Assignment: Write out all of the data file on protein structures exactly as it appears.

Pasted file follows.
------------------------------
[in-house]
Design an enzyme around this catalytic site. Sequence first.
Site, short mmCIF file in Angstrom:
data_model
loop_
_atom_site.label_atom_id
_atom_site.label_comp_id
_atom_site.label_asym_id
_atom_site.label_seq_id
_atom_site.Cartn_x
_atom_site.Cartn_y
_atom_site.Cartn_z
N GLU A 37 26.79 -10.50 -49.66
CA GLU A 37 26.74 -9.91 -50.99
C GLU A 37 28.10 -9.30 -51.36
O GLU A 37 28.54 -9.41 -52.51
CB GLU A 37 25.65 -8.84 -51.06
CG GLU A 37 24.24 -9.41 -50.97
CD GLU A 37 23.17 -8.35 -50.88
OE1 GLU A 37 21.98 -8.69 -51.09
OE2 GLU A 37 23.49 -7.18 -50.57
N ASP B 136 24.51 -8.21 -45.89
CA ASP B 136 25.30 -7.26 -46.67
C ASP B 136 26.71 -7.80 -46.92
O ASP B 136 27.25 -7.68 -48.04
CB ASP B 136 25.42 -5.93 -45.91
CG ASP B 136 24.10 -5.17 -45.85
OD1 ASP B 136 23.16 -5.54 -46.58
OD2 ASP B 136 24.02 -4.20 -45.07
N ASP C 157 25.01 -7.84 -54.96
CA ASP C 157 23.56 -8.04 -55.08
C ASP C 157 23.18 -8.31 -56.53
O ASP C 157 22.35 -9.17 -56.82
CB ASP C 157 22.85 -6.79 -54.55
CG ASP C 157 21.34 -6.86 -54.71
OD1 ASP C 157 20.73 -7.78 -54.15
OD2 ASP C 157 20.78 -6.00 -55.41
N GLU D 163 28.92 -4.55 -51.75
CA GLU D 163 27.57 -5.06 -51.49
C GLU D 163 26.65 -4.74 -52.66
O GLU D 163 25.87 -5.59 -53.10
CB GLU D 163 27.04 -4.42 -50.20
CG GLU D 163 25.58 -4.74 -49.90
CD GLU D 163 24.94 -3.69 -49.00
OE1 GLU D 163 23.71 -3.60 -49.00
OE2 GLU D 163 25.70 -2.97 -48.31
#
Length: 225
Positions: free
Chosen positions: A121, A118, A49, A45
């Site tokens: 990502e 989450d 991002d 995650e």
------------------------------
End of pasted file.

[in-house]
Design an enzyme around this catalytic site. Sequence first.
Site, short mmCIF file in Angstrom:
data_model
loop_
_atom_site.label_atom_id
_atom_site.label_comp_id
_atom_site.label_asym_id
_atom_site.label_seq_id
_atom_site.Cartn_x
_atom_site.Cartn_y
_atom_site.Cartn_z
N GLU A 37 26.79 -10.50 -49.66
CA GLU A 37 26.74 -9.91 -50.99
C GLU A 37 28.10 -9.30 -51.36
O GLU A 37 28.54 -9.41 -52.51
CB GLU A 37 25.65 -8.84 -51.06
CG GLU A 37 24.24 -9.41 -50.97
CD GLU A 37 23.17 -8.35 -50.88
OE1 GLU A 37 21.98 -8.69 -51.09
OE2 GLU A 37 23.49 -7.18 -50.57
N ASP B 136 24.51 -8.21 -45.89
CA ASP B 136 25.30 -7.26 -46.67
C ASP B 136 26.71 -7.80 -46.92
O ASP B 136 27.25 -7.68 -48.04
CB ASP B 136 25.42 -5.93 -45.91
CG ASP B 136 24.10 -5.17 -45.85
OD1 ASP B 136 23.16 -5.54 -46.58
OD2 ASP B 136 24.02 -4.20 -45.07
N ASP C 157 25.01 -7.84 -54.96
CA ASP C 157 23.56 -8.04 -55.08
C ASP C 157 23.18 -8.31 -56.53
O ASP C 157 22.35 -9.17 -56.82
CB ASP C 157 22.85 -6.79 -54.55
CG ASP C 157 21.34 -6.86 -54.71
OD1 ASP C 157 20.73 -7.78 -54.15
OD2 ASP C 157 20.78 -6.00 -55.41
N GLU D 163 28.92 -4.55 -51.75
CA GLU D 163 27.57 -5.06 -51.49
C GLU D 163 26.65 -4.74 -52.66
O GLU D 163 25.87 -5.59 -53.10
CB GLU D 163 27.04 -4.42 -50.20
CG GLU D 163 25.58 -4.74 -49.90
CD GLU D 163 24.94 -3.69 -49.00
OE1 GLU D 163 23.71 -3.60 -49.00
OE2 GLU D 163 25.70 -2.97 -48.31
#
Length: 225
Positions: free
Chosen positions: A121, A118, A49, A45
């Site tokens: 990502e 989450d 991002d 995650e």